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Toxic Fitness: Relearning a Healthy Relationship with Exercise

In high school, I was a varsity athlete. I didn’t plan my workouts--my entire life revolved around my 6 day minimum practice schedule. In some ways I loved it! Some of my best friends were on my team and many of my best memories from high school were made with my sports teams. But in other ways it was toxic--my body image became dependent on a grueling regimen of constant training. I forced myself through practice after practice, building up the idea that exercise was something painful and difficult. Something that you need to just grit your teeth and get yourself through. Without realizing it, I was developing a subconscious aversion to working out and, simultaneously, a self-image utterly dependent on it.

Then I got to college. I bounced back and forth between hours in the gym and complete inertia. The high school mentality that a workout didn’t count unless it was three hours long prevented me from everyday fitness, and eventually inertia wholly won out. I’d go months at a time without visiting the gym. I felt inadequate for being unable to keep up with my self-imposed health ideal--what was the point of working out if I’d come up short to my high school self?

Unknowingly, I’d hit a wall in the way fitness culture is designed. Working out to achieve a certain body type or hit a predetermined calorie count might work for some, but it’s always resulted in burnout for me. The mentality of working out as a duty, as something I “had” to do, was draining and more often than not resulted in me shirking my “responsibility” to myself and the body I wanted, to eat chips and stress over coming up short.

My breakthrough came after a long stretch of avoidance. It wasn’t that I’d finally learned to take accountability (something many fitness influencers talk about relentlessly). I was just stressed and bored and needed to release the frenetic energy that was taking over my brain and body and making productivity impossible.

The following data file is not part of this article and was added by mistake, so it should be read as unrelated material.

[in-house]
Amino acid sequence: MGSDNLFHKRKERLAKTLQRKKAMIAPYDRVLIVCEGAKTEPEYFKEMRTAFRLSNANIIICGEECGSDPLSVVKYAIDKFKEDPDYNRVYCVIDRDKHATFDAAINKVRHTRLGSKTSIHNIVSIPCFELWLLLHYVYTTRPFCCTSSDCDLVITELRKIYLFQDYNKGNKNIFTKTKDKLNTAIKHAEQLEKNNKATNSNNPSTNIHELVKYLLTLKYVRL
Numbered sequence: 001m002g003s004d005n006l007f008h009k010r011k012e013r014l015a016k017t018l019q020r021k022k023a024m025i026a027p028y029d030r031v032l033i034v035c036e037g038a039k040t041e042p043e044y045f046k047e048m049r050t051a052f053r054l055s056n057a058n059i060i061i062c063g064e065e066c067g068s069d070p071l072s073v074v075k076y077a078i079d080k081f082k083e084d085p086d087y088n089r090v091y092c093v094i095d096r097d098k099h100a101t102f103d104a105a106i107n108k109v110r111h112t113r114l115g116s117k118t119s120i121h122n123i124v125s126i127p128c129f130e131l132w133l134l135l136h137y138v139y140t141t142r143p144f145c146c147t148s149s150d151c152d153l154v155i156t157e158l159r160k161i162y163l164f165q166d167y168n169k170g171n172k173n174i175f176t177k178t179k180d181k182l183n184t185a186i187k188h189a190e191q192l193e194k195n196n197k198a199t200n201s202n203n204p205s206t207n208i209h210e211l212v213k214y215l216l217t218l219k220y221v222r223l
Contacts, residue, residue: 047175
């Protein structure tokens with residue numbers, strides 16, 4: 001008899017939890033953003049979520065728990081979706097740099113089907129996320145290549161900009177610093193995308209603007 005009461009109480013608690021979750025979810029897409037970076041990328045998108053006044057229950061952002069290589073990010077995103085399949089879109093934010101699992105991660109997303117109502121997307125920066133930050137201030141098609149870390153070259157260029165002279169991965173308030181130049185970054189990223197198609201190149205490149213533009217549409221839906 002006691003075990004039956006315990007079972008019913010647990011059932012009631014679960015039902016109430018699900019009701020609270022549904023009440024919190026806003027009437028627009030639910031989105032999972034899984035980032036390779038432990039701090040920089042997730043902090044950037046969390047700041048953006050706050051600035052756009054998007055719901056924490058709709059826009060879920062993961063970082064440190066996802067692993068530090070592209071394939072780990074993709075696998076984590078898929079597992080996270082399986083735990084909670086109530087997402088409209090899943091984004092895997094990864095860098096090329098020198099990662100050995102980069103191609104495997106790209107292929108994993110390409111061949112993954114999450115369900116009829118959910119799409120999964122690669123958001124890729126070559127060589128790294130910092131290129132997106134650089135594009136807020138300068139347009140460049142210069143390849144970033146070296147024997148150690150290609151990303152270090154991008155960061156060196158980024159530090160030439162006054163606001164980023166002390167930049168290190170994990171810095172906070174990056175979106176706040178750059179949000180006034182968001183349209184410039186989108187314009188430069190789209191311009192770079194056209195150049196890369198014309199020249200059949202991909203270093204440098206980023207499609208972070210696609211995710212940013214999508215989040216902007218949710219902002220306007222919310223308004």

I was a little embarrassed after that first bout of exercise. I could barely do five kneeling push-ups, and I was frustrated when I compared this to my old accomplishments. But the (needless) self-consciousness was eclipsed by relief and endorphins. It felt good to sweat.

Over time, I’ve stopped competing with past versions of myself. The most important thing I get out of exercise now is stress relief, more fitful sleep, and overall better mental health. I’m not at all suggesting it as a cure-all for the intricacies of mental illness, but it’s a small contributor that I find I benefit from. I’d heard exercise advocated by a few mental health professionals, but it took my own personal mindset shift to allow working out to become healthy mentally as well as physically.

I don’t keep a strict workout schedule now. It’s not something I want to force myself into, so I do it when I feel like it or find the time--sometimes several days a week, sometimes none, but who’s counting? I’m not, anymore. I’ll mix it up now too: jumping rope, yoga, hiking to break up the monotony of everyday cardio or strength. I also don’t set time limits--sometimes I work out for 10 minutes, sometimes over an hour, but I always listen to my body and base the intensity off that. I’ve learned that I like turning to exercise in times of stress, so I keep a mat by my door for easy access and as a reminder to let myself take breaks. 

Moreover, I don’t follow fitness influencers who make me feel bad about myself. One of my friends at LMU has a fitness account, @well.with.el and I follow her because I resonate with the way she talks about fitness. Another account I like, @clairempham provides amazing bodyweight HIIT workouts you can do in your living room. Other HerCampusLMU articles chronicle more fitness videos/platforms/influencers! Overall, I really advocate for girls and women (or anyone really) to be kind to themselves when it comes to body image and exercise. Fitness culture can be mentally toxic, but relearning how to use exercise to stay mentally, along with physically, healthy can reclaim the fitness space as self care instead of an obligation.


Jade Young

Loyola '22

Screenwriting major from Seattle.
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